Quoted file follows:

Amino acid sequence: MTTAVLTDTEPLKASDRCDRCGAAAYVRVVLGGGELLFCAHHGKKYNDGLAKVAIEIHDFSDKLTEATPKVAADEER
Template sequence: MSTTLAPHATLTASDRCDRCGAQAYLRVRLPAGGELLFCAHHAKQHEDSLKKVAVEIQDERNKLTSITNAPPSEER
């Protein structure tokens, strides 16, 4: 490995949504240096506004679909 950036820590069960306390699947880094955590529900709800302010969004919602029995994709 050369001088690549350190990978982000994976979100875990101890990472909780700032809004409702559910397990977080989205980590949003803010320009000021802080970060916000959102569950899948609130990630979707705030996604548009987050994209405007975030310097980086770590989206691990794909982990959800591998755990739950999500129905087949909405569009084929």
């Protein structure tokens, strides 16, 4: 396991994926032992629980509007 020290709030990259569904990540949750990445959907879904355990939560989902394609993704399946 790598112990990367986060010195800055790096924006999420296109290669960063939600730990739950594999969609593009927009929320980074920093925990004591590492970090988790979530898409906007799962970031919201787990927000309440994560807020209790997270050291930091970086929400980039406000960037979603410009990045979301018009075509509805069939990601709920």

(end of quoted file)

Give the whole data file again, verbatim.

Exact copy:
Amino acid sequence: MTTAVLTDTEPLKASDRCDRCGAAAYVRVVLGGGELLFCAHHGKKYNDGLAKVAIEIHDFSDKLTEATPKVAADEER
Template sequence: MSTTLAPHATLTASDRCDRCGAQAYLRVRLPAGGELLFCAHHAKQHEDSLKKVAVEIQDERNKLTSITNAPPSEER
């Protein structure tokens, strides 16, 4: 490995949504240096506004679909 950036820590069960306390699947880094955590529900709800302010969004919602029995994709 050369001088690549350190990978982000994976979100875990101890990472909780700032809004409702559910397990977080989205980590949003803010320009000021802080970060916000959102569950899948609130990630979707705030996604548009987050994209405007975030310097980086770590989206691990794909982990959800591998755990739950999500129905087949909405569009084929």
């Protein structure tokens, strides 16, 4: 396991994926032992629980509007 020290709030990259569904990540949750990445959907879904355990939560989902394609993704399946 790598112990990367986060010195800055790096924006999420296109290669960063939600730990739950594999969609593009927009929320980074920093925990004591590492970090988790979530898409906007799962970031919201787990927000309440994560807020209790997270050291930091970086929400980039406000960037979603410009990045979301018009075509509805069939990601709920």